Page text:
4.1. Oxidative Stress Is Involved in AApoAII Amyloid Formation
With aging, the balance between production and removal of ROS is altered and levels of oxidative stress gradually increase to cause oxidative damage to lipids, proteins, and DNA, leading to cellular dysfunction and various age-related diseases [46, 47]. Numerous studies have investigated the relationship between oxidative stress and pathogenesis of amyloidosis, especially on localized brain amyloidosis and amyloid-related neurodegenerative diseases: Alzheimer’s disease, cerebral amyloid angiopathy (CAA), amyotrophic lateral sclerosis (ALS), etc. [8, 11, 13, 16, 34, 36, 48–50]. However, a clear understanding of the specific mechanism responsible for the acceleration of amyloidosis and neurodegeneration caused by oxidative stress remains elusive. Unfortunately, there are still insufficient reports supporting the contribution of oxidative stress to the pathogenesis of systemic amyloidosis and related adverse effects on tissues .
In this study, supplementation with oxidative stress inhibitors for 12 weeks led to decreases in mouse AApoAII amyloidosis and demonstrated that inhibition of oxidative stress was effective at suppressing systemic amyloid deposition in vivo. Meanwhile, our results suggest that the effect of antioxidants varied depending on the specific organs. In the amyloid-induced groups, amyloid scores in the stomach and skin were significantly decreased by supplementation with tempol and apocynin, with the preventive effect being most distinct in the skin (Figure 2). Although the amyloid scores evaluating the grading of amyloid deposition in the liver were not significantly different between groups with and without oxidative stress inhibitors, quantitatively measuring the positive area of ApoA-II deposition in IHC demonstrated a significant preventive effect of oxidative stress inhibitors against amyloid deposition in the liver. We did not observe this change in other organs, including the heart, spleen, small intestine, tongue, lung, and kidney.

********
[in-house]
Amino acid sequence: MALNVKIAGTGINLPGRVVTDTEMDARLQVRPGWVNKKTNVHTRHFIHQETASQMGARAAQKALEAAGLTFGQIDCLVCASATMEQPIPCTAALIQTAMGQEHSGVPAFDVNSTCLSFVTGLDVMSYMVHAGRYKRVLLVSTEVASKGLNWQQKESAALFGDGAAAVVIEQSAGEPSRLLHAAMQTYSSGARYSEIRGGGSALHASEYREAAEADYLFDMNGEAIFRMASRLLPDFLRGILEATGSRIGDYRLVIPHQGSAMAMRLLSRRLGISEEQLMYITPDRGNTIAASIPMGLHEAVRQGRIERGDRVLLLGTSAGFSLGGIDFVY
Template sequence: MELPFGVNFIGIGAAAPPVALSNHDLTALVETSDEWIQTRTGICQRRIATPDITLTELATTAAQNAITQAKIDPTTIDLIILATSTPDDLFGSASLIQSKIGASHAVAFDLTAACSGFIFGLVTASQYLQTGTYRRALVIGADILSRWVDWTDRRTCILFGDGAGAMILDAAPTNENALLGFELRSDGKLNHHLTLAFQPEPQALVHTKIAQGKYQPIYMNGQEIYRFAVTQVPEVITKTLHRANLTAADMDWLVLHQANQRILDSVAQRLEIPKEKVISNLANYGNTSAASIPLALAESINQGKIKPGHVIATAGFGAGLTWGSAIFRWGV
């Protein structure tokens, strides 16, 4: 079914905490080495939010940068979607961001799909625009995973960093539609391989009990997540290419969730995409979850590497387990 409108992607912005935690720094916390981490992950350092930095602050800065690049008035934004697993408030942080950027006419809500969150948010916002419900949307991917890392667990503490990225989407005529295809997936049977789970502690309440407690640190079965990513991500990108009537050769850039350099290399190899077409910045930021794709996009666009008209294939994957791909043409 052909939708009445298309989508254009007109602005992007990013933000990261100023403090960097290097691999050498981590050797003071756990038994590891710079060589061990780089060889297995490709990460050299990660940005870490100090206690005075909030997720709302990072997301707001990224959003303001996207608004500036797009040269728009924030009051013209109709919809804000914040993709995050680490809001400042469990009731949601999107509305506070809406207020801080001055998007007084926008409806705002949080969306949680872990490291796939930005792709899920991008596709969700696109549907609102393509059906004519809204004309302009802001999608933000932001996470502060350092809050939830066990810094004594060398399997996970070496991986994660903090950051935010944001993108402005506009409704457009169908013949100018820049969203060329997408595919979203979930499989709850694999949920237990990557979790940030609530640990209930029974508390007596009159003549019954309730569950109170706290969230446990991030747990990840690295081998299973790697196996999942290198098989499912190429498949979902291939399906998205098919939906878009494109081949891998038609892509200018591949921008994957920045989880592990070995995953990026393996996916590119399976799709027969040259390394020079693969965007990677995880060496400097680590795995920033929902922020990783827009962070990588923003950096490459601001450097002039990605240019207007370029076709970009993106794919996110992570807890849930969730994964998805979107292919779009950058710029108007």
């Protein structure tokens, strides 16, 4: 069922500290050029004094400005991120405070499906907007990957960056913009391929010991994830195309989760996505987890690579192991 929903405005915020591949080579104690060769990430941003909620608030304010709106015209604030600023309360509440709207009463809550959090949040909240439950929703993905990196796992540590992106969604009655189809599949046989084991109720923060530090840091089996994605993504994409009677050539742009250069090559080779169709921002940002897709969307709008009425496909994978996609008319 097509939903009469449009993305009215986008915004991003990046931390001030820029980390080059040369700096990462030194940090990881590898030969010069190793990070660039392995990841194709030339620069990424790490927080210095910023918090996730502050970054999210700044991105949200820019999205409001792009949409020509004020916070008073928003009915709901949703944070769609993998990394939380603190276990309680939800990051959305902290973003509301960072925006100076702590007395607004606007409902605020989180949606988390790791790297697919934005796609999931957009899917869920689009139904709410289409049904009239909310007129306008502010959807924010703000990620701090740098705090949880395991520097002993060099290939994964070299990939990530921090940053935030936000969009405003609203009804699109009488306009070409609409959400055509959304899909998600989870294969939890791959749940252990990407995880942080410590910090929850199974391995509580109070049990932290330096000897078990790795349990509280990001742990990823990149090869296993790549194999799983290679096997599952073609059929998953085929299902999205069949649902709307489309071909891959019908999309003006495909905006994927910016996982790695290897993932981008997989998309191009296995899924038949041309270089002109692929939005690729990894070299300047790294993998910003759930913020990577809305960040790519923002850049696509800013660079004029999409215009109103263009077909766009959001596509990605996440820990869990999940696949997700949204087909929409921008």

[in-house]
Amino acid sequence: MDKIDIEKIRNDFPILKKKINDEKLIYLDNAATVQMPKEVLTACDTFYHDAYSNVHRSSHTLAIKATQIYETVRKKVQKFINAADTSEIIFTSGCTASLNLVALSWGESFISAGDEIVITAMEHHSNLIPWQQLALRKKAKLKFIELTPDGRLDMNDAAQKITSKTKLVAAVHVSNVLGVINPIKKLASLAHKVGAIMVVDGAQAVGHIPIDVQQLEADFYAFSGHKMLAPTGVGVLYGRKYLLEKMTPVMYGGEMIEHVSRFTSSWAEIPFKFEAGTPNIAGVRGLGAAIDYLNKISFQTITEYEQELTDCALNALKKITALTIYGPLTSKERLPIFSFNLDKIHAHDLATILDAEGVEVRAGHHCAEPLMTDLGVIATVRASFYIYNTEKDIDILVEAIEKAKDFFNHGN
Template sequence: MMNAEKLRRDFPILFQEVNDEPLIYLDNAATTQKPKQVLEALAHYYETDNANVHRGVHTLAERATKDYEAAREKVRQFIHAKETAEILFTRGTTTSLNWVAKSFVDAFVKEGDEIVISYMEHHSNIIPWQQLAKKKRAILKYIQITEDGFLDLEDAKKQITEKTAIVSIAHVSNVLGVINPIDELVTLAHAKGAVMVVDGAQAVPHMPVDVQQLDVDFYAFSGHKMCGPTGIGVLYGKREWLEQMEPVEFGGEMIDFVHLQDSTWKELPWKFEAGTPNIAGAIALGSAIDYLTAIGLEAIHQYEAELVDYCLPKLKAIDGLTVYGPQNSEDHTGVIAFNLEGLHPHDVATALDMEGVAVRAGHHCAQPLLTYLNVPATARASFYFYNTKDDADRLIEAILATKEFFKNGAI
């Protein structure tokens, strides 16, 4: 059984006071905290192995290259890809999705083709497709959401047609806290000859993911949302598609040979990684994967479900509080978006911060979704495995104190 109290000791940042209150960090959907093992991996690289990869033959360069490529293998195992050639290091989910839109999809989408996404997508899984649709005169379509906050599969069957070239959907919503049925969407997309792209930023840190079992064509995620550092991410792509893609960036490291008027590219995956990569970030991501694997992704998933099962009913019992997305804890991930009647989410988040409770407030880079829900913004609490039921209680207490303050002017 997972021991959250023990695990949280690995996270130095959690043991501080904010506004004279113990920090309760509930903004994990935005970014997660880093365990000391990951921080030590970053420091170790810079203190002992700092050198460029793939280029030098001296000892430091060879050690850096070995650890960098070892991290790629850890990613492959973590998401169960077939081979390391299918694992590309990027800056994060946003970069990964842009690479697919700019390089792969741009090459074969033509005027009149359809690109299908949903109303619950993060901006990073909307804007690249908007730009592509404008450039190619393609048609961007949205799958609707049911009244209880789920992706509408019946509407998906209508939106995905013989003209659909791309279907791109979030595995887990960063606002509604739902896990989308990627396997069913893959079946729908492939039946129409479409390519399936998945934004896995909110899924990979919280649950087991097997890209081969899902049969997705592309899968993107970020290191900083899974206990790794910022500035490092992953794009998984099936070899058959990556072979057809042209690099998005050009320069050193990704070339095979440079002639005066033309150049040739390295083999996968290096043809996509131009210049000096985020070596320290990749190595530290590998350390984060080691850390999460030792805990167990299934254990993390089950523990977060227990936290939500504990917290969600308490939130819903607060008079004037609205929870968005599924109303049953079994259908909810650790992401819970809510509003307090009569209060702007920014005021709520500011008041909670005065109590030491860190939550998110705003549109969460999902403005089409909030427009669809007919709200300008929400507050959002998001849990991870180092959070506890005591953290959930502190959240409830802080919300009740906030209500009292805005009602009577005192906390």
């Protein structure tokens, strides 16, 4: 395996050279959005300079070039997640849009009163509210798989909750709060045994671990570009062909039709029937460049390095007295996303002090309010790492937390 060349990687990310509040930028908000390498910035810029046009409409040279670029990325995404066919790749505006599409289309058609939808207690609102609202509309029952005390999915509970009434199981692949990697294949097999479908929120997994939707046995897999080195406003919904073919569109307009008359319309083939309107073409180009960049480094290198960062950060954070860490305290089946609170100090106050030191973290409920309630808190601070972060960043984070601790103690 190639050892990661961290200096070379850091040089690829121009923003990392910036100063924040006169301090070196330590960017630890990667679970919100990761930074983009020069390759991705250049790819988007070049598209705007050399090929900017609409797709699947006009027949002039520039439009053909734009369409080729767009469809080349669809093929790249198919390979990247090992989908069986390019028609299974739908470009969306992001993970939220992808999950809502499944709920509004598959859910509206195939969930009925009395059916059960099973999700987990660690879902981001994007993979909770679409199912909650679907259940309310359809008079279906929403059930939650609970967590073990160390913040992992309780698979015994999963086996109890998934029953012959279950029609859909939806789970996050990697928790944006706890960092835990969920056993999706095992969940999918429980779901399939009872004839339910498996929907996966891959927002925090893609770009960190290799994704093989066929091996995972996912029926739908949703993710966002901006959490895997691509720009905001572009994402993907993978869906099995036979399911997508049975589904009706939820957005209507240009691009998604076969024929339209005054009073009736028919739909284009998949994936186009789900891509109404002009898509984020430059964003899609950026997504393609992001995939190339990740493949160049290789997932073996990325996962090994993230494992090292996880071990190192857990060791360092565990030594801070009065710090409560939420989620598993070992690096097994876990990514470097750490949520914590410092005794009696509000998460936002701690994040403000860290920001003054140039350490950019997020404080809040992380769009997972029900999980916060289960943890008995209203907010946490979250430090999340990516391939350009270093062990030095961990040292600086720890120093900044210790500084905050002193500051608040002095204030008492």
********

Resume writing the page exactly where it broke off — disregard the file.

Our recent study found that following caloric restriction, the degree of amyloid deposition in almost all organs (except for the stomach) was significantly decreased . These results suggest that caloric restriction may prevent amyloid deposition, not only via the same pathway as that of oxidative stress inhibitors but also via other mechanisms as well. The two oxidative stress inhibitors investigated in the present study exhibited different degrees of inhibition. Apocynin showed a relatively stronger preventive effect against amyloid deposition in the stomach and skin than tempol (Figures 2(a), 2(b), 2(d), and 2(f)), although the preventive effects of the two inhibitors were nearly identical in the liver (Figure 2(g)). By measuring the degree of oxidative stress using 4-HNE and MDA as markers, we identified relatively high baseline levels of oxidative stress in the liver, stomach, and skin and found that apocynin reduced oxidative stress more strongly in the stomach and skin compared with tempol (Figure 3(a)), but to similar degrees in the liver (Figure 3(c)). These differences may be due to differences in the main sources of oxidative stress within each organ [46, 47, 52–54]. We considered that these organs are susceptible to induction of oxidative stress by external influences depending on their function [52–54] and that relatively high levels of baseline oxidative stress may be related to the antiamyloidogenic effects of the antioxidants. In a study of CAA, antioxidants were found to reduce amyloid deposition, improve vascular conditions, and reduce the occurrence of complications, but the same changes did not appear in the amyloid deposits of the brain parenchyma . Further experiments are needed to confirm our hypothesis that the effect of antioxidant treatments on amyloidosis depends on the oxidative stress state of the target organs and may provide support for the use of antioxidant treatments in the clinic.